But Mr Modi himself was accused of violating election rules last year. Is there any chance that the EC's complaint of 30/04/14 against Modi will ever come before a court? In its notice, the EC had said "it was evident that the said address was in the nature of political speech intended & calculated to influence & affect the result of elections in the constituencies going to polls today, not only in Ahmadabad but also in all other constituencies in the State of Gujarat & elsewhere in the country." By holding that meeting, "Narendra Modi has violated the provisions of Sections 126 (1) (a) and 126 (l) (b) of R.P. Act 1951." It was an open and shut case. (Read more details below). Modi's reaction to this was that an FIR would have made sense only if a knife had come into the picture. All he did was 'show everyone a lotus'. This was his way of mocking the EC.
Indira Gandhi's election was set aside in 1975, but our leaders have come along way since then. I'm reasonably sure the EC complaint will never come before a court, or if it does, will be dismissed in a few minutes by our much-acclaimed independent judiciary. Mr Modi and his 'parivar' are confident they can intimidate anyone who criticises them. Indians who respect the rule of law should prepare themselves for more illegal practices from Mr Modi. Given the plight of Gujarat police officers who stood up to him, the EC should not expect its complaaint to be acted upon. Maybe the case will drag on, and ultimately we shall be told 'there is no evidence'. DS
Relevant section of the R.P. Act 1951: <click to read its contents
6[126. Prohibition of public meetings during period of forty—eight hours ending with hour fixed for conclusion of poll.— (1) No person shall— (a) convene, hold or attend, join or address any public meeting or procession in connection with an election; or (b) display to the public any election matter by means of cinematograph, television or other similar apparatus; or (c) propagate any election matter to the public by holding, or by arranging the holding of, any musical concert or any theatrical performance or any other entertainment or amusement with a view to attracting the members of the public thereto, in any polling area during the period of forty-eight hours ending with the fixed for the conclusion of the poll for any election in the polling area. (2) Any person who contravenes the provisions of sub-section (1) shall be punishable with imprisonment for a term which may extend to two years, or with fine, or with both. (3) In this section, the expression "election matter" means any matter intended or calculated to influence or affect the result of an election.].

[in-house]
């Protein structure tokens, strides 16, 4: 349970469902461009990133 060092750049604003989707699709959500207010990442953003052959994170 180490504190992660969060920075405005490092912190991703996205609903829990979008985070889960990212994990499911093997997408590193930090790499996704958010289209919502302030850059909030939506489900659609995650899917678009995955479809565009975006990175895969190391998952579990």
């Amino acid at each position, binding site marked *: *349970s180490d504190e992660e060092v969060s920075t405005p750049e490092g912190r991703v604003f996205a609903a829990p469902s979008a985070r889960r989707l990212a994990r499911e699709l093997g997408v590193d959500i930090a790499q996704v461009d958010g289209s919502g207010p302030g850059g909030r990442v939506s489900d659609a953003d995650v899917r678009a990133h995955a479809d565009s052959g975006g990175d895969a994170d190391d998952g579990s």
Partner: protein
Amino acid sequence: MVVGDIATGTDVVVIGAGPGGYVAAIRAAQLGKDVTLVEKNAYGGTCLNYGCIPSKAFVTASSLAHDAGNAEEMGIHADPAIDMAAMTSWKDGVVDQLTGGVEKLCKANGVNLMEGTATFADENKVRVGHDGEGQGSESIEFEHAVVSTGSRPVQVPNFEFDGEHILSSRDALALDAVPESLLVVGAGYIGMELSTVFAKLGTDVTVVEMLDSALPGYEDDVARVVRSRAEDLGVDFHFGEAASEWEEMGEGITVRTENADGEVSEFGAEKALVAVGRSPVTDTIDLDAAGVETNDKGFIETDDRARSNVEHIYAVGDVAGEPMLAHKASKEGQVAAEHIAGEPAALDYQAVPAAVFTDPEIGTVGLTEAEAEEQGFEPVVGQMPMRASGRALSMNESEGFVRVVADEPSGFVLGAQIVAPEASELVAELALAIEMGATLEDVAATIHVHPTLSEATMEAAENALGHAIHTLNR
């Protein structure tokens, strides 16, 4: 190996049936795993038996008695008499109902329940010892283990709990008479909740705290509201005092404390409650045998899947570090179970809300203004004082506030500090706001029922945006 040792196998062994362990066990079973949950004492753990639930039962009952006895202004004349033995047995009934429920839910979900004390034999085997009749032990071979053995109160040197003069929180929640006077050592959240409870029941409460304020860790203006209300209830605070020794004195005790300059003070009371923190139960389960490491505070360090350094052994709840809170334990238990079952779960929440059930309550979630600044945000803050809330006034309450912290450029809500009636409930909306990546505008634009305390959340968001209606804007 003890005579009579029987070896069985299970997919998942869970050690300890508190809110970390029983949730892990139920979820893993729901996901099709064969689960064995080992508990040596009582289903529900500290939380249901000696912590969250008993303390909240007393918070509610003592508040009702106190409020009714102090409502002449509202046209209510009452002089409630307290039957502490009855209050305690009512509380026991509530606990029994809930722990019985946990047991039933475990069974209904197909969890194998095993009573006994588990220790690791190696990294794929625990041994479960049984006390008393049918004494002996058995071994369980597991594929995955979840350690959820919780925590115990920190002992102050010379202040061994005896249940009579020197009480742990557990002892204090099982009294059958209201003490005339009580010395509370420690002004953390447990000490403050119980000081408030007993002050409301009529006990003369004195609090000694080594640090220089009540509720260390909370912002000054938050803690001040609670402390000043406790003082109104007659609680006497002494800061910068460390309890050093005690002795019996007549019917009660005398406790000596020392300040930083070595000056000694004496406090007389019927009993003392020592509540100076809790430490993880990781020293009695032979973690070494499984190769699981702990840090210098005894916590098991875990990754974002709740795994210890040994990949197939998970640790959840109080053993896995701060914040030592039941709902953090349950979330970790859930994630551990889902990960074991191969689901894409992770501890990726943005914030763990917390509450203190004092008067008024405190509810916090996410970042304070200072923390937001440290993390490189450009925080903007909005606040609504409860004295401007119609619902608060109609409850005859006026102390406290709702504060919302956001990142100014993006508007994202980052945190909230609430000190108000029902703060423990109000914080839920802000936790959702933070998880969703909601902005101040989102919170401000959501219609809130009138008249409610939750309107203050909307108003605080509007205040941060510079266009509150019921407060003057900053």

Moments after he voted, Narendra Modi, the BJP's prime ministerial candidate tweeted a selfie of his ink-stained finger and emerged from a voting booth in Ahmedabad, flashing a cut-out of his party's lotus symbol and addressed cheering crowds. "After analysing the election process and the voter's mind until now, I can say that this time nothing can save the mother-son government...a strong government will come to power," said Mr Modi, all dressed in white, promising the defeat of the incumbent Congress which is led by Sonia and Rahul Gandhi. Hours later, the powerful Election Commission ordered that a police complaint or FIR (First Information Report) be filed against Mr Modi, 63, for his actions which it said amounted to campaigning in a polling area, which is banned. "It is evident from Modi's tone and tenor that he made a political speech. He intended, calculated to influence voting today. Modi intended to affect the results of polling today across India," the Commission said. "It was not an organized press conference," said BJP spokesperson Meenakshi Lekhi today, referring to Mr Modi's speech this morning. "We respect the Election Commission but Mr Modi did not violate the code of conduct," she added. Congress spokesperson Shakeel Ahmed accused Mr Modi of being "a serial offender." His party had earlier objected to the release of the BJP manifesto on April 7, when voting in the nine-phase general election began. 89 parliamentary constituencies in seven states and two union territories voted today. Among them was Vadodara, which is one of the two constituencies that Mr Modi is running from. The other is Varanasi in Uttar Pradesh, which votes on the final day of the election on May 12.